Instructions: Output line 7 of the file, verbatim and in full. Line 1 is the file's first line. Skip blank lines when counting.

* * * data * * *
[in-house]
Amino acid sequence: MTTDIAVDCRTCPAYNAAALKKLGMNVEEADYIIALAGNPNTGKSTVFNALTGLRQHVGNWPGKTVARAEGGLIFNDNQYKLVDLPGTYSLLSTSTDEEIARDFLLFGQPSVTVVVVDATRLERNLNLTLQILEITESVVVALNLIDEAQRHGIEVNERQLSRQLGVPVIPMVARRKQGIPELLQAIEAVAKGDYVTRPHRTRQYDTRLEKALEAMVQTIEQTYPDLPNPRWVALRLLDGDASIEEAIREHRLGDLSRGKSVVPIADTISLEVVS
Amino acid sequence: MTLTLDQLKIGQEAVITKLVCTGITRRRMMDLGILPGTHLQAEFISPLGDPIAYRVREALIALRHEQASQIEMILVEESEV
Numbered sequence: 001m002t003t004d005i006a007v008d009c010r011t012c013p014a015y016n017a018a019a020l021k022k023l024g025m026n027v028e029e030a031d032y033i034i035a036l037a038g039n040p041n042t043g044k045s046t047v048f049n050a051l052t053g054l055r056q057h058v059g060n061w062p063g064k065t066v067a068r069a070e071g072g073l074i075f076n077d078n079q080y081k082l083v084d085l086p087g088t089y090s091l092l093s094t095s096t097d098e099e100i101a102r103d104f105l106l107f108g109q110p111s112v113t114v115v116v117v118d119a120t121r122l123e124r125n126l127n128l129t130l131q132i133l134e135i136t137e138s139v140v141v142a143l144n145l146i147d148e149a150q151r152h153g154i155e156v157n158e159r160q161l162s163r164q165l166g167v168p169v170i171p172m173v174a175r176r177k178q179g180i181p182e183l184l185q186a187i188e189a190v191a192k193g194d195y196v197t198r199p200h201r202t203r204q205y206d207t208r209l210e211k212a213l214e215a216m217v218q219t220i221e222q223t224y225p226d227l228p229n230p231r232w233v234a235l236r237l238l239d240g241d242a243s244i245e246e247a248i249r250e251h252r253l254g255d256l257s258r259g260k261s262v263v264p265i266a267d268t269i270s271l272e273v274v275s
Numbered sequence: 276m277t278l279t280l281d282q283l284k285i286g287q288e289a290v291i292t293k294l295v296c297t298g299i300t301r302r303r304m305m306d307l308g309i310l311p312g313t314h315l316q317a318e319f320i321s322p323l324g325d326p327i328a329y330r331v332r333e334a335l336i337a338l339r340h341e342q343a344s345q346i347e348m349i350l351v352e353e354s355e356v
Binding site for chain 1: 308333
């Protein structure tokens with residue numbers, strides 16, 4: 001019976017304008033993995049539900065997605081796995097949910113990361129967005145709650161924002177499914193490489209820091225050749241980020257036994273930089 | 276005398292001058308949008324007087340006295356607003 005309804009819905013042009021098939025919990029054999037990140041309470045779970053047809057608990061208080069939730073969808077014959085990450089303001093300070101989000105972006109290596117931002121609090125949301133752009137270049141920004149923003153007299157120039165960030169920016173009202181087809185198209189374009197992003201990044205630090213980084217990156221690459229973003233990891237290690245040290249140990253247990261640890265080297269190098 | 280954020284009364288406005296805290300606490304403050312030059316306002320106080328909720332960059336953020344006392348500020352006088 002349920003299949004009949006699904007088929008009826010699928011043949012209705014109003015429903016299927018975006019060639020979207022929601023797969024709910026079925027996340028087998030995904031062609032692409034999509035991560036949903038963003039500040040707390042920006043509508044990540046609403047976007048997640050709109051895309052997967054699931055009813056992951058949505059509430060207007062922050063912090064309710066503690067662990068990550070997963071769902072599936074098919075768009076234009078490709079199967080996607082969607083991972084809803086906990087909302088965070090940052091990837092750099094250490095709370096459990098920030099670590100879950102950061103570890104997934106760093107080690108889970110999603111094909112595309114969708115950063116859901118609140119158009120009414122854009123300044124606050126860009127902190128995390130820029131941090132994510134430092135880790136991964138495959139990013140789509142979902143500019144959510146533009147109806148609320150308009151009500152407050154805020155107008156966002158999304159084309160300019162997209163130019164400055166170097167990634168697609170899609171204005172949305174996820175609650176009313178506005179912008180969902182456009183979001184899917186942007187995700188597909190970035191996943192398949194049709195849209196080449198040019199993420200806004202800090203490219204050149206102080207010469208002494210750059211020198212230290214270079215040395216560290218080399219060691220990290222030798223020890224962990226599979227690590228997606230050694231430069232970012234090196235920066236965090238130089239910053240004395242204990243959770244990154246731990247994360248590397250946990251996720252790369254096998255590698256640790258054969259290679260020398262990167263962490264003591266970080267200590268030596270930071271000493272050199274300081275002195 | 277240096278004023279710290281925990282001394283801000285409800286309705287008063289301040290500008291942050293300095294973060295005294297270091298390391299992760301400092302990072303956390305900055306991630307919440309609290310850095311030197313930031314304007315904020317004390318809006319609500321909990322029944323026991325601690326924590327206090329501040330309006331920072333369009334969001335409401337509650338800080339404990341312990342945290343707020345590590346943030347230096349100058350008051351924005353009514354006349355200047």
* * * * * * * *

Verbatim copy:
């Protein structure tokens with residue numbers, strides 16, 4: 001019976017304008033993995049539900065997605081796995097949910113990361129967005145709650161924002177499914193490489209820091225050749241980020257036994273930089 | 276005398292001058308949008324007087340006295356607003 005309804009819905013042009021098939025919990029054999037990140041309470045779970053047809057608990061208080069939730073969808077014959085990450089303001093300070101989000105972006109290596117931002121609090125949301133752009137270049141920004149923003153007299157120039165960030169920016173009202181087809185198209189374009197992003201990044205630090213980084217990156221690459229973003233990891237290690245040290249140990253247990261640890265080297269190098 | 280954020284009364288406005296805290300606490304403050312030059316306002320106080328909720332960059336953020344006392348500020352006088 002349920003299949004009949006699904007088929008009826010699928011043949012209705014109003015429903016299927018975006019060639020979207022929601023797969024709910026079925027996340028087998030995904031062609032692409034999509035991560036949903038963003039500040040707390042920006043509508044990540046609403047976007048997640050709109051895309052997967054699931055009813056992951058949505059509430060207007062922050063912090064309710066503690067662990068990550070997963071769902072599936074098919075768009076234009078490709079199967080996607082969607083991972084809803086906990087909302088965070090940052091990837092750099094250490095709370096459990098920030099670590100879950102950061103570890104997934106760093107080690108889970110999603111094909112595309114969708115950063116859901118609140119158009120009414122854009123300044124606050126860009127902190128995390130820029131941090132994510134430092135880790136991964138495959139990013140789509142979902143500019144959510146533009147109806148609320150308009151009500152407050154805020155107008156966002158999304159084309160300019162997209163130019164400055166170097167990634168697609170899609171204005172949305174996820175609650176009313178506005179912008180969902182456009183979001184899917186942007187995700188597909190970035191996943192398949194049709195849209196080449198040019199993420200806004202800090203490219204050149206102080207010469208002494210750059211020198212230290214270079215040395216560290218080399219060691220990290222030798223020890224962990226599979227690590228997606230050694231430069232970012234090196235920066236965090238130089239910053240004395242204990243959770244990154246731990247994360248590397250946990251996720252790369254096998255590698256640790258054969259290679260020398262990167263962490264003591266970080267200590268030596270930071271000493272050199274300081275002195 | 277240096278004023279710290281925990282001394283801000285409800286309705287008063289301040290500008291942050293300095294973060295005294297270091298390391299992760301400092302990072303956390305900055306991630307919440309609290310850095311030197313930031314304007315904020317004390318809006319609500321909990322029944323026991325601690326924590327206090329501040330309006331920072333369009334969001335409401337509650338800080339404990341312990342945290343707020345590590346943030347230096349100058350008051351924005353009514354006349355200047």